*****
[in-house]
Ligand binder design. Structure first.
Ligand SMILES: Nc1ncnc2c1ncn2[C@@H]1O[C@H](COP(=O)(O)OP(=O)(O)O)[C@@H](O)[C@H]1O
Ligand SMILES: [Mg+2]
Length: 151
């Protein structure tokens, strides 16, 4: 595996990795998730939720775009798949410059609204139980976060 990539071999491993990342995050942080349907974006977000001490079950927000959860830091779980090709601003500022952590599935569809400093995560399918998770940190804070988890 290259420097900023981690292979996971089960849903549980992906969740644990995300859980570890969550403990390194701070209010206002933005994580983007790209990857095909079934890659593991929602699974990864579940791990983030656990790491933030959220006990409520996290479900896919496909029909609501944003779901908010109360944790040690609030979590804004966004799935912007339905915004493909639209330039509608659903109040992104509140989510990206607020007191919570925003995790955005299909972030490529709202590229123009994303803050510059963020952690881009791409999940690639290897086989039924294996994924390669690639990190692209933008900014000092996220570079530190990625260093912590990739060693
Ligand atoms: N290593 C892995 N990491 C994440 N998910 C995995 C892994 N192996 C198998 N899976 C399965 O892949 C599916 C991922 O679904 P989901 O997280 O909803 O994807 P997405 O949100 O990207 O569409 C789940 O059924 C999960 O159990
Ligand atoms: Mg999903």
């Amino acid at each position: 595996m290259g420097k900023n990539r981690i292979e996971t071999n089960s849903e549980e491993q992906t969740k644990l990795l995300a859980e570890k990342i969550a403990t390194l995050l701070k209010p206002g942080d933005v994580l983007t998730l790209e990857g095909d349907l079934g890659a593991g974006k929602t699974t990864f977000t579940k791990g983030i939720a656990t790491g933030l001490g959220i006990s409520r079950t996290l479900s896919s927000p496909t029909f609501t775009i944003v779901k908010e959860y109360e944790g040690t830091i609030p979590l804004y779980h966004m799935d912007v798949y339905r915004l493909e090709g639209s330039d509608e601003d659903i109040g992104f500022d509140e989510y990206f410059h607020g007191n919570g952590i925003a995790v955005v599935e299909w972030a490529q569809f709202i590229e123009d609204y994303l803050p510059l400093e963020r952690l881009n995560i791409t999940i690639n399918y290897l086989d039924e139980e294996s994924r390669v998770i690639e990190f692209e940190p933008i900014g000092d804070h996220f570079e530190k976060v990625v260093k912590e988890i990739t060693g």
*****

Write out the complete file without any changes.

[in-house]
Ligand binder design. Structure first.
Ligand SMILES: Nc1ncnc2c1ncn2[C@@H]1O[C@H](COP(=O)(O)OP(=O)(O)O)[C@@H](O)[C@H]1O
Ligand SMILES: [Mg+2]
Length: 151
């Protein structure tokens, strides 16, 4: 595996990795998730939720775009798949410059609204139980976060 990539071999491993990342995050942080349907974006977000001490079950927000959860830091779980090709601003500022952590599935569809400093995560399918998770940190804070988890 290259420097900023981690292979996971089960849903549980992906969740644990995300859980570890969550403990390194701070209010206002933005994580983007790209990857095909079934890659593991929602699974990864579940791990983030656990790491933030959220006990409520996290479900896919496909029909609501944003779901908010109360944790040690609030979590804004966004799935912007339905915004493909639209330039509608659903109040992104509140989510990206607020007191919570925003995790955005299909972030490529709202590229123009994303803050510059963020952690881009791409999940690639290897086989039924294996994924390669690639990190692209933008900014000092996220570079530190990625260093912590990739060693
Ligand atoms: N290593 C892995 N990491 C994440 N998910 C995995 C892994 N192996 C198998 N899976 C399965 O892949 C599916 C991922 O679904 P989901 O997280 O909803 O994807 P997405 O949100 O990207 O569409 C789940 O059924 C999960 O159990
Ligand atoms: Mg999903």
């Amino acid at each position: 595996m290259g420097k900023n990539r981690i292979e996971t071999n089960s849903e549980e491993q992906t969740k644990l990795l995300a859980e570890k990342i969550a403990t390194l995050l701070k209010p206002g942080d933005v994580l983007t998730l790209e990857g095909d349907l079934g890659a593991g974006k929602t699974t990864f977000t579940k791990g983030i939720a656990t790491g933030l001490g959220i006990s409520r079950t996290l479900s896919s927000p496909t029909f609501t775009i944003v779901k908010e959860y109360e944790g040690t830091i609030p979590l804004y779980h966004m799935d912007v798949y339905r915004l493909e090709g639209s330039d509608e601003d659903i109040g992104f500022d509140e989510y990206f410059h607020g007191n919570g952590i925003a995790v955005v599935e299909w972030a490529q569809f709202i590229e123009d609204y994303l803050p510059l400093e963020r952690l881009n995560i791409t999940i690639n399918y290897l086989d039924e139980e294996s994924r390669v998770i690639e990190f692209e940190p933008i900014g000092d804070h996220f570079e530190k976060v990625v260093k912590e988890i990739t060693g």